A critical moment occurs at the end of metaphase, when the chromosomes line up at the center of the mitotic spindle just before being parceled out to the two new cells. If chromosome movement toward opposite spindle poles were to begin before the chromosomes is all attached to the spindle, a newly forming cell might receive extra copies of some chromosomes and no copies of others.

To protect against this possible danger, cells possess a control mechanism called the spindle checkpoint that monitors chromosome attachment to the spindle and prevents chromosome movement from beginning until all chromo­somes are properly attached. In the absence of such a mechanism, there would be no guarantee that each newly forming cell would receive a complete set of chromosomes (see Figure 15, bottom right).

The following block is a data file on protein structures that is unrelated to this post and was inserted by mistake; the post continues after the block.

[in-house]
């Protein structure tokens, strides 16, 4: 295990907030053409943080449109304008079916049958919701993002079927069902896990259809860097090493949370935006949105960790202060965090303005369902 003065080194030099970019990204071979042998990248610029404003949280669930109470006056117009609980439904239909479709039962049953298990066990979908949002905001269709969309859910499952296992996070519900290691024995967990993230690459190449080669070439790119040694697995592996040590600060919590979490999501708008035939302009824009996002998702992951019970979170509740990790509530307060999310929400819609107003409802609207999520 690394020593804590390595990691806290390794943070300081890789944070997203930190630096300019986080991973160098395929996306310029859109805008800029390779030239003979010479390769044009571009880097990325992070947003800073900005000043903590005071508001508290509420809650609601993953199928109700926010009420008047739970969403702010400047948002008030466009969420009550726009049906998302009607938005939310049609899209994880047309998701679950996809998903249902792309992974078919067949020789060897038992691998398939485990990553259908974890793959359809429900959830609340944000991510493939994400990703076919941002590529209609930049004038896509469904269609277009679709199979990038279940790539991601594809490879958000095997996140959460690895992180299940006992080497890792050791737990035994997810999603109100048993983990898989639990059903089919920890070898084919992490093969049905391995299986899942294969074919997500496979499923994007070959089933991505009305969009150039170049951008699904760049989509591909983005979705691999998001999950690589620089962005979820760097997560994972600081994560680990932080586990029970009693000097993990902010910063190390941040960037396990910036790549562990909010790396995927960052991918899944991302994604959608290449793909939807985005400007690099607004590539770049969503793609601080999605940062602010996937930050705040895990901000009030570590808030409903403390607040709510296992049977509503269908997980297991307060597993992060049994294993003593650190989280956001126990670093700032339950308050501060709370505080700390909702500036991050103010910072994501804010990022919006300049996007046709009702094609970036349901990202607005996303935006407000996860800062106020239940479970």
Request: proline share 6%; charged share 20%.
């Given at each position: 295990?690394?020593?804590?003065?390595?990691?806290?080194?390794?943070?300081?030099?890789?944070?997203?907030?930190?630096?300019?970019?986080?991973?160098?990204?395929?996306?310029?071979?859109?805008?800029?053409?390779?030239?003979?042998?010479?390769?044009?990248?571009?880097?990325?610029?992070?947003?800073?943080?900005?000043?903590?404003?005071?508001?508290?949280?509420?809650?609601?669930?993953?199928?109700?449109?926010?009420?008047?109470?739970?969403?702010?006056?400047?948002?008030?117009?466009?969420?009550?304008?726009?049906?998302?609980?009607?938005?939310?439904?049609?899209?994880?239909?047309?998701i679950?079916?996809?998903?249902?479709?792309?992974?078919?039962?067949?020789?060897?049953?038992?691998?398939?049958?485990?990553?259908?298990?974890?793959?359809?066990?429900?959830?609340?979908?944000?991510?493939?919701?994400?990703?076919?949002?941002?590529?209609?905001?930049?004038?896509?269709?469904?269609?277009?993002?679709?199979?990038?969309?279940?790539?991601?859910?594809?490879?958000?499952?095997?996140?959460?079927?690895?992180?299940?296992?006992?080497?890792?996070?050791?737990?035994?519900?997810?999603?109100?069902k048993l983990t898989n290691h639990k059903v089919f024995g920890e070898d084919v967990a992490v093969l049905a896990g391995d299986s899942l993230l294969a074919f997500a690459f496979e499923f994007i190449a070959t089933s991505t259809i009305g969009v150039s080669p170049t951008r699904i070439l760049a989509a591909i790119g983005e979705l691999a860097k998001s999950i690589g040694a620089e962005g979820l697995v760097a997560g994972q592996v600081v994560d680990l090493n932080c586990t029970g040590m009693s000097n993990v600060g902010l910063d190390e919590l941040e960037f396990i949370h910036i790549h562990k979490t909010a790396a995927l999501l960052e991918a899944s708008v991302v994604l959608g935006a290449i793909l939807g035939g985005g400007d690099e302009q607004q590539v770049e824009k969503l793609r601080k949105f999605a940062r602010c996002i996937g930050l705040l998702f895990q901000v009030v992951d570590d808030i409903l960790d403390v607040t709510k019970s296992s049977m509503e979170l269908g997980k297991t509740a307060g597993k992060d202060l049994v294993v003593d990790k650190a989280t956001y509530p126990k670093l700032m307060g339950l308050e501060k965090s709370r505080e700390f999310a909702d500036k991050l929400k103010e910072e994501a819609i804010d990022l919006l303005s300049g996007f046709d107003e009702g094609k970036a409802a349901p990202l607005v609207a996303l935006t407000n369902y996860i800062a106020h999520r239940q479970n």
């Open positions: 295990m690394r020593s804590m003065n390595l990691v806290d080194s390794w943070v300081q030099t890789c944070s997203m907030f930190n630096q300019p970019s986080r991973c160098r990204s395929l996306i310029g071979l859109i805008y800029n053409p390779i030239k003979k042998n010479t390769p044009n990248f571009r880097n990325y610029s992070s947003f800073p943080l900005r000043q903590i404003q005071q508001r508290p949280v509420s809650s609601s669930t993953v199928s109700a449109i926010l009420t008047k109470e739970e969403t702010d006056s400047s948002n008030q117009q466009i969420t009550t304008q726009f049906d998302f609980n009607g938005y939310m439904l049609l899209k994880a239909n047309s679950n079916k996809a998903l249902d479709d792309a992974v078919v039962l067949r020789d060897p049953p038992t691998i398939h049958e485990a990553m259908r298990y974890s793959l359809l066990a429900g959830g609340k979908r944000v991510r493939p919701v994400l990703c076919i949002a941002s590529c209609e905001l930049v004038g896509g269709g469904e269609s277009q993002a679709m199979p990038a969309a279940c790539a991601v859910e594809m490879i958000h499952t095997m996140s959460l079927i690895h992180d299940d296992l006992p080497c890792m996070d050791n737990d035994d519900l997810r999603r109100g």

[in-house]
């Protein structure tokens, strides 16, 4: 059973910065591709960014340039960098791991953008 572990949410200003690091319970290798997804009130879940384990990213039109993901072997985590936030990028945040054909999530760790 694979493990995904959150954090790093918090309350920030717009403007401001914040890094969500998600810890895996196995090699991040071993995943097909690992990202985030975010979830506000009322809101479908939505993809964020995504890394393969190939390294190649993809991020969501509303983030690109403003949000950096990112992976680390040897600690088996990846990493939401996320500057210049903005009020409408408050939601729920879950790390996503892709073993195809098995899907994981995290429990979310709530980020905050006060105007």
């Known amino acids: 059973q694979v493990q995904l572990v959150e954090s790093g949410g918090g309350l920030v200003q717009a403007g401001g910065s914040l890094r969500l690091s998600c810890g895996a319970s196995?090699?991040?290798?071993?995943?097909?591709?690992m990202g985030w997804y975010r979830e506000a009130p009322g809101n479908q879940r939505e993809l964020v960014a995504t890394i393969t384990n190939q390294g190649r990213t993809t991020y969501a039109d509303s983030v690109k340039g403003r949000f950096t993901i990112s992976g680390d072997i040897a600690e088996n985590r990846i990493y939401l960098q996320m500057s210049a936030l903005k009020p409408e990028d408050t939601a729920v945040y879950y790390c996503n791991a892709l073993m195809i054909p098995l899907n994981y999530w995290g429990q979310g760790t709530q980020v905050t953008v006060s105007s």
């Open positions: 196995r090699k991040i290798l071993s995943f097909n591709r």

The key to the spindle checkpoint is the anaphase- promoting complex, a multiprotein complex that triggers the onset of anaphase—the stage of mitosis when the chromosomes move toward opposite poles of the mitotic spindle.

As shown in Figure 16a, the anaphase-promoting complex initiate’s chromosome movement by activating separase, an enzyme that breaks down proteins called cohesins that hold the duplicated chromosomes together. As long as they are joined together by cohesins, the dupli­cated chromosomes cannot separate from each other and move toward opposite spindle poles.

To prevent premature separation, chromosomes that are not yet attached to the mitotic spindle send a “wait” signal that inhibits the anaphase-promoting complex, thereby blocking the activation of separase. The “wait” signal is transmitted by proteins that are members of the Mad and Bub families.

The Mad and Bub proteins bind to chromosomes that are unattached to the mitotic spindle and are converted into a Mad-Bub multiprotein complex, which inhibits the anaphase-promoting complex by blocking the action of one of its essential activators, the Cdc20 protein (see Figure 16b).

After the chromosomes have all become attached to the spindle, the Mad and Bub proteins are no longer converted into this inhibitory complex and the anaphase-promoting complex is free to initiate the onset of anaphase.